IRVING, TX – OCTOBER 16: A detail view of the College Football Playoff logo shown during a press conference on October 16, 2013 in Irving, Texas. Condoleezza Rice, Stanford University professor and former United States Secretary of State, was chosen to serve as one of the 13 members that will select four teams to compete in the first playoff at the end of the 2014 season. (Photo by Tom Pennington/Getty Images)

College football is its own worst enemy.  And it has been for years.  That’s particularly true when it comes to the sport’s governing bodies and powers that be, who have truly earned their place other failing institutions in sports like FIFA and the IOC.  The continued ineptitude and impotence of the NCAA has turned it into little more than a house of cards.  And the power structures, inequalities, and downright exploitation of athletes that still plagues college athletics is no closer to actually being solved.

Even when college football stumbles into unbelievable success, these powers that be still find a way to screw it up.  The sport was dragged into a college football playoff kicking and screaming decades too late and the results were extraordinary.  The three playoff games are now the three biggest audiences in the history of cable television.

So naturally, with now arguably the second biggest annual event in sports behind the Super Bowl firmly within its grasp, the oligarchy of the bowl system and the College Football Playoff will do everything possible to ruin it.

With the success of the inaugural playoff, we were one of the first to point out that the second edition had an odd loophole – the semifinals would be played on New Year’s Eve instead of New Year’s Day because of the Rose Bowl and Sugar Bowl being locked into their timeslots.  Of course, everyone outside the playoff committee and the bowls realized this was absurd.  The semifinals should never be played on December 31st because the CFP would be taking a machete to their own audience.  The semis would draw a fraction of the audience on New Year’s Eve that they would on New Year’s Day.  Even ESPN lobbied for the college football playoff committee to see the light and move the semis to Saturday, January 2nd next season because the current playoff schedule is just that ridiculous.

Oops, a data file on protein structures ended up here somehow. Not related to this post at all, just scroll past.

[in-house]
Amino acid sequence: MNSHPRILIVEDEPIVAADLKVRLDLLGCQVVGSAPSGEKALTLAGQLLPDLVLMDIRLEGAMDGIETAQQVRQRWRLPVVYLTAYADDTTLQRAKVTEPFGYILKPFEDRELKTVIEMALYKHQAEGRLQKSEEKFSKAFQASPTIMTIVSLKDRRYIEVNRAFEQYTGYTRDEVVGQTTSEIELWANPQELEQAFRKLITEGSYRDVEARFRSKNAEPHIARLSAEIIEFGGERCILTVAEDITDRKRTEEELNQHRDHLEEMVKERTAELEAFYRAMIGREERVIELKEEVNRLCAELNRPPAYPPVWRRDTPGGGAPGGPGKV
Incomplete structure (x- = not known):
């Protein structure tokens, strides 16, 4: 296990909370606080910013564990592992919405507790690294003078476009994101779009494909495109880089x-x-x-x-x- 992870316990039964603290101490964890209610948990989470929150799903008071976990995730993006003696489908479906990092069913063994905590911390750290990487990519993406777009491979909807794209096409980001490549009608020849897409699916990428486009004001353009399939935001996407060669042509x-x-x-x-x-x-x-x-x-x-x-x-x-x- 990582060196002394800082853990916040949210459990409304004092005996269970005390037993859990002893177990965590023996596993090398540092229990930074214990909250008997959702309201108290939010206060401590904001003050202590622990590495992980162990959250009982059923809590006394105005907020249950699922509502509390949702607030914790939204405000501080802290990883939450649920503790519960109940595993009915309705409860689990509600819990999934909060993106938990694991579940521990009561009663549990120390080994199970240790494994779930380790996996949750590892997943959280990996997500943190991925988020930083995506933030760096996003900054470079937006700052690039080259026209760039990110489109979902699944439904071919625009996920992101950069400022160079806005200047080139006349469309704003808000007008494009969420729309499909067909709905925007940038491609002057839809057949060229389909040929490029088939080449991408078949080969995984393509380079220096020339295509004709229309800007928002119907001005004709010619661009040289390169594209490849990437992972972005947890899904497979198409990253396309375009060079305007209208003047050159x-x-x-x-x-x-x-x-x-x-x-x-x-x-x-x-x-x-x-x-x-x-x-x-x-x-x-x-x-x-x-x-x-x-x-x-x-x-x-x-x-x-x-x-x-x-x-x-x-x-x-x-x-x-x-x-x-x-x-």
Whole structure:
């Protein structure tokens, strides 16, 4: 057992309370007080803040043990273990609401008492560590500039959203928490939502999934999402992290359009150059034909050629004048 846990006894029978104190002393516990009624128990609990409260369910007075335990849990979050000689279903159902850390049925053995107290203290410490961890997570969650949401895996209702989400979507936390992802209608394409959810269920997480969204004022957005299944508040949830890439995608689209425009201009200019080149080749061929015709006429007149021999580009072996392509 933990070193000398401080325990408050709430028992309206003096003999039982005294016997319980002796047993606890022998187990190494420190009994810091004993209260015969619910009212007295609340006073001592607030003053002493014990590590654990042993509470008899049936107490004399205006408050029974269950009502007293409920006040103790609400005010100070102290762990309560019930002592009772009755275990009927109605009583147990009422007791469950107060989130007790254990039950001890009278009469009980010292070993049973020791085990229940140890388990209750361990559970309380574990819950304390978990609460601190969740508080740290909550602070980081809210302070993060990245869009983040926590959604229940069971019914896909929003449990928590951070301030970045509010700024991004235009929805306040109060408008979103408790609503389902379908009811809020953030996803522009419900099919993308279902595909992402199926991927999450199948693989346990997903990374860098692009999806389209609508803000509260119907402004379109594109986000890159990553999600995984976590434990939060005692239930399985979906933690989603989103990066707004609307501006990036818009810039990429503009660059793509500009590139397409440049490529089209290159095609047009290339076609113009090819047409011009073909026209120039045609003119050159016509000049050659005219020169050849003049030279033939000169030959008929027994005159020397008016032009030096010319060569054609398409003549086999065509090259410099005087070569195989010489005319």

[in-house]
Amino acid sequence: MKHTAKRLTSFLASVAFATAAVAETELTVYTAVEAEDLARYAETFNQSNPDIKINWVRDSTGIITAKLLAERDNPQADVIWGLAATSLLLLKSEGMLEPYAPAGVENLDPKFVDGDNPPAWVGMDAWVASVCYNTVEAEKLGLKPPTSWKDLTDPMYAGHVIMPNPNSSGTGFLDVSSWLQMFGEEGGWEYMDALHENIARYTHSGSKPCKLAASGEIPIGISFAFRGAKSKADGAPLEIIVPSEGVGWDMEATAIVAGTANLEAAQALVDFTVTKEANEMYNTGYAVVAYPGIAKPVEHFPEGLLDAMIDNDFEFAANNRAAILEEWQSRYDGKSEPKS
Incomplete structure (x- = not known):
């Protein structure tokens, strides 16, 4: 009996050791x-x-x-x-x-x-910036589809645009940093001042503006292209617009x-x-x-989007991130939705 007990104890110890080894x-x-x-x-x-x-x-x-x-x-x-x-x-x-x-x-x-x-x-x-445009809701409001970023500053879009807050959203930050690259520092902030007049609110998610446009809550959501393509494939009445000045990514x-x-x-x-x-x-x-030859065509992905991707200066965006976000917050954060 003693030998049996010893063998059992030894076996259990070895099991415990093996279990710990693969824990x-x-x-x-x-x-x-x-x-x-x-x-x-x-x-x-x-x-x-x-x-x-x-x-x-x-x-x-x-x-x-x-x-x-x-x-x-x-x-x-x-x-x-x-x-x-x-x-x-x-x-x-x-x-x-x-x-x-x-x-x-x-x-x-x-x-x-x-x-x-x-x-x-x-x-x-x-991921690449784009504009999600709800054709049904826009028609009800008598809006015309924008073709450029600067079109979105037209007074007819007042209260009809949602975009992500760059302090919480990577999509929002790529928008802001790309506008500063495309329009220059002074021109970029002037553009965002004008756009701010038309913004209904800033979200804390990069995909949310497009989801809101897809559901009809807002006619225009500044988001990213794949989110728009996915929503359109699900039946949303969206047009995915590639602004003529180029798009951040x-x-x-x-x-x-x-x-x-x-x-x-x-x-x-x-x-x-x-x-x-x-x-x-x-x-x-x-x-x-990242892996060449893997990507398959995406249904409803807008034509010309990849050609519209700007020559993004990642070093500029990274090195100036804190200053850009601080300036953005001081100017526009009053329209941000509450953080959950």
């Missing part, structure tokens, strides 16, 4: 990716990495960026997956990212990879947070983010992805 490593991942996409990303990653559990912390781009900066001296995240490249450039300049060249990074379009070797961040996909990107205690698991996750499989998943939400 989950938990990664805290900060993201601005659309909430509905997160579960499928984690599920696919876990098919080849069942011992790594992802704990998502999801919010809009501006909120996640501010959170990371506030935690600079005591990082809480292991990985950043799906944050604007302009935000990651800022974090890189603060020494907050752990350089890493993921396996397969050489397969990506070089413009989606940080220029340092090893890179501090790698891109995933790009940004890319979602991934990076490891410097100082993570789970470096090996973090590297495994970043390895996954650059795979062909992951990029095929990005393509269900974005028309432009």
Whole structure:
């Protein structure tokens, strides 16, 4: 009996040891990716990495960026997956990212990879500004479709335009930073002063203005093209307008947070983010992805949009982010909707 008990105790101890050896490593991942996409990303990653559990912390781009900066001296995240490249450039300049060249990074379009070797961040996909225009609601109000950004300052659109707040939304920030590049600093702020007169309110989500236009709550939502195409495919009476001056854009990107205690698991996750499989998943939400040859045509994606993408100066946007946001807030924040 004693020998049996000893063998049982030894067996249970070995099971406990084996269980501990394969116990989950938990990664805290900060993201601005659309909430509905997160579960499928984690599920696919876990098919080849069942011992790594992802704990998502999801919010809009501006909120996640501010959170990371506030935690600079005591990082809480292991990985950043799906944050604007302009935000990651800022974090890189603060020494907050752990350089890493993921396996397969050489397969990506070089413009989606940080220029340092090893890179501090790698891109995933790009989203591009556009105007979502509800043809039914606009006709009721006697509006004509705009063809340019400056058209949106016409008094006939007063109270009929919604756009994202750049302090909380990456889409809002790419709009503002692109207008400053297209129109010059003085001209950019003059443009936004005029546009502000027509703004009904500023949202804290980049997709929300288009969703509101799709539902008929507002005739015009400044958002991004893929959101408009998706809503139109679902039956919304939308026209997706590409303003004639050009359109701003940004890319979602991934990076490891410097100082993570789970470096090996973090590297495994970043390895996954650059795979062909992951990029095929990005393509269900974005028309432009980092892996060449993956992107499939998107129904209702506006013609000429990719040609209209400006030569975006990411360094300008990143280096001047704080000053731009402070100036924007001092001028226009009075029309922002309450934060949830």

And to the surprise of no one, the playoff committee will not be moved from the happy little rut they’ve dug themselves into.  According to a report from ESPN’s Heather Dinich, the CFP semis are staying on December 31st this year:

The College Football Playoff will not move its semifinal date for the 2015 season, in spite of a request from ESPN to change it from New Year’s Eve to Jan. 2, 2016.

The 2015 semifinals — to be played at the Capital One Orange Bowl and the Goodyear Cotton Bowl — are scheduled for Dec. 31.

“We [the playoff’s management committee] reviewed it and rejected it,” Pac-12 commissioner Larry Scott said. “We like the concept that we’ve developed for New Year’s Eve and New Year’s Day. Going forward, we think that’s the right model for college football.”

Ten FBS commissioners, along with Notre Dame athletic director Jack Swarbrick, comprise the playoff’s management committee.

Bill Hancock, executive director of the College Football Playoff, confirmed no change would be made. He said those conversations are “over and done with.”

“We’re not going to change,” Hancock said. “It’s a done deal.”

This just shows the lunacy of the decision.  The best reason why the playoff committee refuses to change is because they refuse to change.  The fact that they think they can suddenly make New Year’s Eve into a night where America will want to sit down in front of a television and watch a football game is the height of delusion.  The New Year’s Six playing a non-playoff game on New Year’s Eve isn’t the worst idea in the world, but for the playoff games?  There’s a reason why nobody has ever scheduled anything of consequence beyond Ryan Seacrest, Pitbull, or some kind of sideshow daredevil stunt for New Year’s Eve.  If the semifinals draw over half of the 28 million that watched this year on New Year’s Eve, it will be quite the accomplishment.

It’s hard to find the right words to describe just how short-sighted and narrow-minded this decision is, especially when it’s such an easy fix.  Move the semis to Saturday or have the Rose Bowl and Sugar Bowl make a sacrifice that’s best for college football.  For once college football could have put what’s best for the sport and best for its fans first.  Yet once again, they refused.

The decision to play the semifinals on the night of December 31st is so bad it makes Roger Goodell look like the intelligent one when it comes to football’s power brokers.


Comments are closed.